Saturday, 23 June 2018

Hazelby House - Berkshire


Hazelby House is near the village of East Woodhay. It is in Berkshire but is very close to the boundary with Hampshire.

The house was built between 1900 and 1910 from a design by Sir Reginald Theodore Blomfield for Captain Sandbach. Some 40 years ago the house was bought by Martin and Prue Lane-Fox and they spent the next 20 years creating the 10 acre garden that is the highlight of the 350 acre estate.

The garden is divided into sections, featuring ornamental ponds, terraces, a lily pond and other areas that are themed. The house and grounds are not normally open to the public, but events are staged there from time to time in cooperation with the Hampshire Garden Trust.

Hazelby House

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Tuesday, 19 June 2018

Caversham Court Gardens - Berkshire

Caversham Court is another of those places that fell foul of the Dissolution of the Monasteries.


St Peter's Church was built during the 12th Century. A rectory was built alongside it, and following King Henry VIII's intervention it was gifted to Christ Church, Oxford. The rectory housed many influential local families over the next 400 years, and eventually became known at Cavendish Court.


The building had a chequered life. It came under attack during the Civil War. Later it was rebuilt in the Tudor style. Parts of the staircase and ceiling that sported bullet holes from the attack are preserved and can be viewed at the Museum of Reading.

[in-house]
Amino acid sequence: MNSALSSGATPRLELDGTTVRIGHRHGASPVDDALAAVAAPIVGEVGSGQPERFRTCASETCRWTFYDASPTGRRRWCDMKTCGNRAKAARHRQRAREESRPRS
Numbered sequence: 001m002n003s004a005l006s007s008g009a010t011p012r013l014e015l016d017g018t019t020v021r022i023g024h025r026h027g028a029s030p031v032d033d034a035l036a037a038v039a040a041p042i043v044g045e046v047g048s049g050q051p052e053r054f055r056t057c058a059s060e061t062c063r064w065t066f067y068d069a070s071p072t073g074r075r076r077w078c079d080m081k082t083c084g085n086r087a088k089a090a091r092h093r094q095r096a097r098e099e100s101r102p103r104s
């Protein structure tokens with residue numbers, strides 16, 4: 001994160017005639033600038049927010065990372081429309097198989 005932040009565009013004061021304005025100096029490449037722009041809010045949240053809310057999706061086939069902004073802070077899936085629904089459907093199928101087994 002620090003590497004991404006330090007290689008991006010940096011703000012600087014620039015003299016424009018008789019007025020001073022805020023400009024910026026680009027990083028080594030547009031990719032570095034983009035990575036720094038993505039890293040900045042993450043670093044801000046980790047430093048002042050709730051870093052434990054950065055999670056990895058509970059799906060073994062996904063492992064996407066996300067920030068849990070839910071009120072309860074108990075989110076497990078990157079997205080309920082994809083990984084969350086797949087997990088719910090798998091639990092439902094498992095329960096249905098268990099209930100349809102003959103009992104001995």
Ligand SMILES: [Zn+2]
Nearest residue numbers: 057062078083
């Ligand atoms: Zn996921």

The gardens were originally created over a 20 year period, commencing in 1660. In 1993, ownership of the house and gardens passed to Reading Corporation. The house was demolished but the gardens and other important buildings were opened to the public in 1934. When Reading Borough Council took over, they closed everything to visitors until the garden was reopened in 2009.


Caversham Court Gardens

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Monday, 18 June 2018

Houghton House - Bedfordshire

We rarely detour anywhere to take in ruins, but sometimes the history of a place makes the journey worthwhile.


The Historic Houses Association tells us that Houghton House was built in the early 17th century by Mary Herbert, Countess of Pembroke. It was intended as a hunting lodge. The design was neither one thing nor the other as it included both Jacobean and Classical features.


It lasted as a dwelling for close to 200 years, and is believed to be the inspiration for the ‘Palace Beautiful’ in the John Bunyan’s The Pilgrim's Progress.


It was dismantled in 1797, but rather than simply razing it to the ground, is was decided to keep the shell as attractive ruins and these were featured as part of the Ampthill Park.


MK45 2EZ